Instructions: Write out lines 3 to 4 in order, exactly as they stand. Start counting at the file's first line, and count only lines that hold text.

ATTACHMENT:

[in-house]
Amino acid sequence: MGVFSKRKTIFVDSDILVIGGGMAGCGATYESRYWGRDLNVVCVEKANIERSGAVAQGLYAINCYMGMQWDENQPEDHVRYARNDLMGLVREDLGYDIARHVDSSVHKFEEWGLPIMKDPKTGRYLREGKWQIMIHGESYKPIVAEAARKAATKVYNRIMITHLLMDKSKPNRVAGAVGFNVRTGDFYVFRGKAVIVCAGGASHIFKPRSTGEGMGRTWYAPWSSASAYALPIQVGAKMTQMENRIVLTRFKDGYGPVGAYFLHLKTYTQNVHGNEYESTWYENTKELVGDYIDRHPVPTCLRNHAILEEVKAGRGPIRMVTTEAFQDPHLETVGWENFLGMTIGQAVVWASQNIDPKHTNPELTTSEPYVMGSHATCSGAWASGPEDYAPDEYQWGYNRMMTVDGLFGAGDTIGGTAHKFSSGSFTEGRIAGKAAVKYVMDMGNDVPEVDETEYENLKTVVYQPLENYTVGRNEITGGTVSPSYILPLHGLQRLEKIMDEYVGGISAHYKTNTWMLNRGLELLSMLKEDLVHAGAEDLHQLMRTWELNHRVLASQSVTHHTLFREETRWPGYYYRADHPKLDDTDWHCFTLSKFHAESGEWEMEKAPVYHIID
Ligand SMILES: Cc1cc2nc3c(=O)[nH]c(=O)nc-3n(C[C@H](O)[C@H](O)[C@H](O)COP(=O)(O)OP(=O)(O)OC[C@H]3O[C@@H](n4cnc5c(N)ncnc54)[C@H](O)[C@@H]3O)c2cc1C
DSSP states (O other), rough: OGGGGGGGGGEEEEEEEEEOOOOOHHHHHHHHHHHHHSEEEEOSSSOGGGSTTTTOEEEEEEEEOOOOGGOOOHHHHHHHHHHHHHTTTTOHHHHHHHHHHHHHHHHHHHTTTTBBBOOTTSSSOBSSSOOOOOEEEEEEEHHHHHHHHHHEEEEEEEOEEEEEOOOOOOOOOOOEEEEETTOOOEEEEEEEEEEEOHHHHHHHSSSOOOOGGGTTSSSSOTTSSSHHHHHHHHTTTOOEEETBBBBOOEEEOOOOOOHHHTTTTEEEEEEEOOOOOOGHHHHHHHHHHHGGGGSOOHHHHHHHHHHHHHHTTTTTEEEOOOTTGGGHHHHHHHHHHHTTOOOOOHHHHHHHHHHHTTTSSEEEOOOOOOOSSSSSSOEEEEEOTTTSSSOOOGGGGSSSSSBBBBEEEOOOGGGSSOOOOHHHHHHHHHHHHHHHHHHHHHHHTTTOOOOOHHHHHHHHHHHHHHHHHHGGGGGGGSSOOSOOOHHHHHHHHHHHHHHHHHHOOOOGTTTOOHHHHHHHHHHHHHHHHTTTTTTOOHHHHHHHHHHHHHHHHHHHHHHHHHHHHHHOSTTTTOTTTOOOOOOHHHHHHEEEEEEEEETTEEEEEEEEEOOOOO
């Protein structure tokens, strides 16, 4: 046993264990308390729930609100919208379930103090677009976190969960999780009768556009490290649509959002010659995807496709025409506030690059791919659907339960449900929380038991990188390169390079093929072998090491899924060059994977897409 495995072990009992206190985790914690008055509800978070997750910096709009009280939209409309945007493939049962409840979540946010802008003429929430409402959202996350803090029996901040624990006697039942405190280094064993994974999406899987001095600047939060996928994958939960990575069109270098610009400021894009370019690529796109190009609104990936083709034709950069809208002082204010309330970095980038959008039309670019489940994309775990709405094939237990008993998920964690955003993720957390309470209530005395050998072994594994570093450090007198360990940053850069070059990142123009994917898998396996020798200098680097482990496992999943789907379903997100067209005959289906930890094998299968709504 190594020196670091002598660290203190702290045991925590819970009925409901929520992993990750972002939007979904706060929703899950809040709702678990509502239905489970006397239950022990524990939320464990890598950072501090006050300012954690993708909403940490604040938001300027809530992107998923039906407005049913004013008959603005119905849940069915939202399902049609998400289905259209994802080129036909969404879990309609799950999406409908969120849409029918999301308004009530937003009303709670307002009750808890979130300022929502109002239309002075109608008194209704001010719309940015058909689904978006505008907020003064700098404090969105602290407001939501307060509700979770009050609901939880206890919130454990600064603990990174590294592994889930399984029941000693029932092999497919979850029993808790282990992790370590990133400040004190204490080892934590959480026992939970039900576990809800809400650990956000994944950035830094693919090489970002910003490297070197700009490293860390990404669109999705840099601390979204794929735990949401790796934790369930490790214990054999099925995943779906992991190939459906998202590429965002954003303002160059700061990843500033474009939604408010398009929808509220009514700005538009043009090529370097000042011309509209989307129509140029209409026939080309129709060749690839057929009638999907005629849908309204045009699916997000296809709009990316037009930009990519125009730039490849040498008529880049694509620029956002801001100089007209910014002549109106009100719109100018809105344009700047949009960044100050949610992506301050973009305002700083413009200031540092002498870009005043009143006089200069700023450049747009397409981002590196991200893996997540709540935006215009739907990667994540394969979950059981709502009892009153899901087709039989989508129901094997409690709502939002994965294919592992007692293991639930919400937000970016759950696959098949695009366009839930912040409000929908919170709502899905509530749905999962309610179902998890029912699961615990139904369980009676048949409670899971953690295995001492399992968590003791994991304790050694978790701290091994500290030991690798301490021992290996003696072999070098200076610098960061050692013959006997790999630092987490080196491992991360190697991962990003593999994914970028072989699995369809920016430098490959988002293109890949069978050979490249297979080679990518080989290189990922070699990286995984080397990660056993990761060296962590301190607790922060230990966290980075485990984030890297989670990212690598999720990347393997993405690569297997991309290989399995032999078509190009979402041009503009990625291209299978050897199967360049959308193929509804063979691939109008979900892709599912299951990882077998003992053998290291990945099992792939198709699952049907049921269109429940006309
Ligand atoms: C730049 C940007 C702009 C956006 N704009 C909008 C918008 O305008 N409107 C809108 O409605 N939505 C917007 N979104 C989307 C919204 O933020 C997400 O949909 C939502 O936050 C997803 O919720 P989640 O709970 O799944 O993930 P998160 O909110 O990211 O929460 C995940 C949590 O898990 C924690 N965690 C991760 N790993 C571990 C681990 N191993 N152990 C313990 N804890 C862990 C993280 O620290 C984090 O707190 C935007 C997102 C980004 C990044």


Ligand SMILES: Cc1cc2nc3c(=O)[nH]c(=O)nc-3n(C[C@H](O)[C@H](O)[C@H](O)COP(=O)(O)OP(=O)(O)OC[C@H]3O[C@@H](n4cnc5c(N)ncnc54)[C@H](O)[C@@H]3O)c2cc1C
DSSP states (O other), rough: OGGGGGGGGGEEEEEEEEEOOOOOHHHHHHHHHHHHHSEEEEOSSSOGGGSTTTTOEEEEEEEEOOOOGGOOOHHHHHHHHHHHHHTTTTOHHHHHHHHHHHHHHHHHHHTTTTBBBOOTTSSSOBSSSOOOOOEEEEEEEHHHHHHHHHHEEEEEEEOEEEEEOOOOOOOOOOOEEEEETTOOOEEEEEEEEEEEOHHHHHHHSSSOOOOGGGTTSSSSOTTSSSHHHHHHHHTTTOOEEETBBBBOOEEEOOOOOOHHHTTTTEEEEEEEOOOOOOGHHHHHHHHHHHGGGGSOOHHHHHHHHHHHHHHTTTTTEEEOOOTTGGGHHHHHHHHHHHTTOOOOOHHHHHHHHHHHTTTSSEEEOOOOOOOSSSSSSOEEEEEOTTTSSSOOOGGGGSSSSSBBBBEEEOOOGGGSSOOOOHHHHHHHHHHHHHHHHHHHHHHHTTTOOOOOHHHHHHHHHHHHHHHHHHGGGGGGGSSOOSOOOHHHHHHHHHHHHHHHHHHOOOOGTTTOOHHHHHHHHHHHHHHHHTTTTTTOOHHHHHHHHHHHHHHHHHHHHHHHHHHHHHHOSTTTTOTTTOOOOOOHHHHHHEEEEEEEEETTEEEEEEEEEOOOOO